Obama Cuts Greenhouse Gas Emissions

On Tuesday Morning, the White House unveiled President Obama’s new blueprint for cutting the United State’s greenhouse gas pollution to the United Nations. The Obama administration hopes to achieve cutting greenhouse emissions by up to 28 percent by 2025. This is before negotiators from 200 countries will meet in Paris in December in attempts to forge an international climate change agreement.

Mr. Obamas new plan is part of a formal submission entailing a mutual pledge between the President’s administration and President Xi Jinping of China. China and the U.S. are the two largest greenhouse gas polluters so they hope to set standards for other nations in the Paris conference. Mr. Xi said China would expect to drop its greenhouse emissions by 2030.

Environmental groups praised the plans, especially due to the fact that no action is required by Congress for the plans to come into effect, will be achieved by the hopeful Obama administration by using existing statutes that will in effect bypass them.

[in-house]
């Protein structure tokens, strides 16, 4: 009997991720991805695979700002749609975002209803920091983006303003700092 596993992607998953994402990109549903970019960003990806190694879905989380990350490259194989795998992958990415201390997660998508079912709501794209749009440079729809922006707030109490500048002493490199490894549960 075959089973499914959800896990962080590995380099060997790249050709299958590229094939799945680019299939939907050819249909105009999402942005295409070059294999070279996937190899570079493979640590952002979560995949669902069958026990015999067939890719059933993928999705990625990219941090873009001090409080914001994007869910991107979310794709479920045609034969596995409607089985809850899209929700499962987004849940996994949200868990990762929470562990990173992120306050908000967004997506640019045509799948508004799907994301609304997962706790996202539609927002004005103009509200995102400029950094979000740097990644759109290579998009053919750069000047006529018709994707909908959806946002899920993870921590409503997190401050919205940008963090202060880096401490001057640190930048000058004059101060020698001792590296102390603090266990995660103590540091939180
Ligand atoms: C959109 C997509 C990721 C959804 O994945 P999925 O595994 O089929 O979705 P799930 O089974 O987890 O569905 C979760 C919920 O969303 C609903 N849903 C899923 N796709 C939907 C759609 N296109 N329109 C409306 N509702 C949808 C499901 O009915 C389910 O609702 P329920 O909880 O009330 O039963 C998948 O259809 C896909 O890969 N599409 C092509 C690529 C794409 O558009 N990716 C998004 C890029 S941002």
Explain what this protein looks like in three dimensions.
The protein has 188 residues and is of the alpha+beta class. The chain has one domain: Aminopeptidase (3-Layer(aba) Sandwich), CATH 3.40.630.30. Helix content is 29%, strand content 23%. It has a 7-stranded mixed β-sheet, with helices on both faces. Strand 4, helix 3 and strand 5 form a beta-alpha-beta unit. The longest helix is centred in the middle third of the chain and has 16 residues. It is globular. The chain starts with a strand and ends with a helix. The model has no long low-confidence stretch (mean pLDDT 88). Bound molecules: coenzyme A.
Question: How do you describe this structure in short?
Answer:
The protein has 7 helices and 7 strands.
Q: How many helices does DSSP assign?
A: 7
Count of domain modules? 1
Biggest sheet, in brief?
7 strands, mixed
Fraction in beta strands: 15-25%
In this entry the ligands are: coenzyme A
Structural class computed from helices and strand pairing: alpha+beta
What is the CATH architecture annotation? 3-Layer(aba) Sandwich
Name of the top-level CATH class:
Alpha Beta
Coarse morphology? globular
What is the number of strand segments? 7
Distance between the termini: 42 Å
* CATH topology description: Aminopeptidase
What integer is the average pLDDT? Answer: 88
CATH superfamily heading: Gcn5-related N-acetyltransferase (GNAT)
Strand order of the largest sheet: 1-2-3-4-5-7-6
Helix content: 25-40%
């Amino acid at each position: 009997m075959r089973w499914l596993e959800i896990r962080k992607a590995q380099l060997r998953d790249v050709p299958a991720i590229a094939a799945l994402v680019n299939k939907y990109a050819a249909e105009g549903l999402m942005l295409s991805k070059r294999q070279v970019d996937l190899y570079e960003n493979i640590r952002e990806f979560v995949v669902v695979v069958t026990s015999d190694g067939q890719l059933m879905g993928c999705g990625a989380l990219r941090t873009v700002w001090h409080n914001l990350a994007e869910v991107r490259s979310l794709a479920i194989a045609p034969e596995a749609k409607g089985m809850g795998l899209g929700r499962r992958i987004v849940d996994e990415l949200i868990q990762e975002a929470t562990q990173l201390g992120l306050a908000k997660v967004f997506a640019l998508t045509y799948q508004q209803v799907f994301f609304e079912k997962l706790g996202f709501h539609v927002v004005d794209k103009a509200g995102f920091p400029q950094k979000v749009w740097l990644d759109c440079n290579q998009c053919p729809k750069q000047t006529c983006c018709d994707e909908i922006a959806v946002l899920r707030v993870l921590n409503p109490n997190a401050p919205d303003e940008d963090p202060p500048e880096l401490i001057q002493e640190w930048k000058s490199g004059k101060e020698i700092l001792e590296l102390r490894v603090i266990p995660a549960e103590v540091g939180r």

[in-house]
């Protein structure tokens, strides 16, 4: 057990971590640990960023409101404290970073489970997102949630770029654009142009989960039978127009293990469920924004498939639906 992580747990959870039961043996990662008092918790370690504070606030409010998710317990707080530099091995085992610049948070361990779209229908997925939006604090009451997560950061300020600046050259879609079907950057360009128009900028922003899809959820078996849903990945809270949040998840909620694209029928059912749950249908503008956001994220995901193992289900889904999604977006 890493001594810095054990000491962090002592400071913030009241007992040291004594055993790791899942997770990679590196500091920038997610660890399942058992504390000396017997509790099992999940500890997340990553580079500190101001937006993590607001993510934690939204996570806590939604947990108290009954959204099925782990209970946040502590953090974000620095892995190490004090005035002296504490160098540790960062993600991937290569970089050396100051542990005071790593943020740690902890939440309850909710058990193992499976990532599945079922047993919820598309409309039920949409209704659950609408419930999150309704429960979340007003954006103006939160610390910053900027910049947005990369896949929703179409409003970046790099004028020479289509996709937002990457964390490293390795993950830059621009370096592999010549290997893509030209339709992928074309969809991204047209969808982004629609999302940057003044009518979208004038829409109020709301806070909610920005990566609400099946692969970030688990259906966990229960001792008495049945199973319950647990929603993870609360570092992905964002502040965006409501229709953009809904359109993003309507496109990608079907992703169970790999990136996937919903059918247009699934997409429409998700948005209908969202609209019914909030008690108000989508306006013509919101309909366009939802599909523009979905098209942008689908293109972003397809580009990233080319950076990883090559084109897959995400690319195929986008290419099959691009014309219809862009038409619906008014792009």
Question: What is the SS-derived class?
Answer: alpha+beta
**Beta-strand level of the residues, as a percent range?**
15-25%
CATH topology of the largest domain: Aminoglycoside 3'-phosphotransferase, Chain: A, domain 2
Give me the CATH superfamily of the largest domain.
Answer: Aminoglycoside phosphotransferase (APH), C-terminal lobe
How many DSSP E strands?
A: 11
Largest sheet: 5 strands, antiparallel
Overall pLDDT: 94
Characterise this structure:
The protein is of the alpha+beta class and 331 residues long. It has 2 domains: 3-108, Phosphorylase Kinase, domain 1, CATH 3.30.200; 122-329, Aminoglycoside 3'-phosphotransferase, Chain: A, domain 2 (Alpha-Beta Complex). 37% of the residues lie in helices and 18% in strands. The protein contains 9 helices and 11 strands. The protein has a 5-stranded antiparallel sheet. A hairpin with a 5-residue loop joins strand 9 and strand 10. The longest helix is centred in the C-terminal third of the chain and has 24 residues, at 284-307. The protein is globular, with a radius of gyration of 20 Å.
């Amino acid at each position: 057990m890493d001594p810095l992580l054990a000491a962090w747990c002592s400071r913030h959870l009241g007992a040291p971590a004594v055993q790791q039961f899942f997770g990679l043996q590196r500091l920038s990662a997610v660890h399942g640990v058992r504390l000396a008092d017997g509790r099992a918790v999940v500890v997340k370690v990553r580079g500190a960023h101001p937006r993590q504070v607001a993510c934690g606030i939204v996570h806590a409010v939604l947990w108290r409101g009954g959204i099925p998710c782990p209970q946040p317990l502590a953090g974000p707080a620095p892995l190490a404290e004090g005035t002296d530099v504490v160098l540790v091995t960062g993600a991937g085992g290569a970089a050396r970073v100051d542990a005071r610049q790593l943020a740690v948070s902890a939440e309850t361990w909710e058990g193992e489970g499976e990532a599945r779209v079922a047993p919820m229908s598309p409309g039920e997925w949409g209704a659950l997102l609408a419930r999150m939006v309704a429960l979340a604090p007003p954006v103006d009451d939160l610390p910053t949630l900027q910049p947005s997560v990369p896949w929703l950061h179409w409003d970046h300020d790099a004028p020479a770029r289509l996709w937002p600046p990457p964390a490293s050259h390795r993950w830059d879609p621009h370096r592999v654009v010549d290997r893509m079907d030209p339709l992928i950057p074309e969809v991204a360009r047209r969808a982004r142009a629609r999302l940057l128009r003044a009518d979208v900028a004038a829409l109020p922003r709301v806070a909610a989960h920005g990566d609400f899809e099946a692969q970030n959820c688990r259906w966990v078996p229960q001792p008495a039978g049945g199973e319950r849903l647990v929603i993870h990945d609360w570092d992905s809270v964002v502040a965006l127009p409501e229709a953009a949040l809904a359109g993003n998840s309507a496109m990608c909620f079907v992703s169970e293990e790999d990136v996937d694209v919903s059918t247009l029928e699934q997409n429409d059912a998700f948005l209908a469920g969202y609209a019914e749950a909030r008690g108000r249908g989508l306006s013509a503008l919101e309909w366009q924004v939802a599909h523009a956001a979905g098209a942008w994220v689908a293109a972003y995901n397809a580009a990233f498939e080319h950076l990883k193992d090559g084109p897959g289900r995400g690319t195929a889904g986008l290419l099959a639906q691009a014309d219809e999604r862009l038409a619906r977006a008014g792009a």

But environmental groups say that the change will not be enough and that deeper cuts will be necessary past 2025 in order to allay the worsening global warming problem.

In the 2009 Copenhagen Accord, Mr. Obama said he set plans to reduce the greenhouse emission of the U.S. by 80 percent by 2050.

Other countries joined in, with Mexico saying it would peak it greenhouse emissions by 2026, and then reduce them after. In total, the U.S., Mexico, and the E.U. account for nearly 60 percent of the world’s greenhouse gas emissions.

Despite good intentions, the U.S. is not on pace to meet its 2009 goals of energy conservation, which was proposed to reduce greenhouse emissions by 17 percent below 2005 by 2020.

Numerous scientific assessments show that far more aggressive greenhouse emission cuts will be needed to 3.6 degrees Fahrenheit (2 degrees Celsius) goals of prior U.N. meetings.

The agreement that may take place in Paris is not likely to be compare a formal treaty, on account of the U.S. administrations hybrid approach that would have each country commit its own reductions with their own proposed method of enforcement, but environmentalist are all in accordance that the conference is a step in the right direction.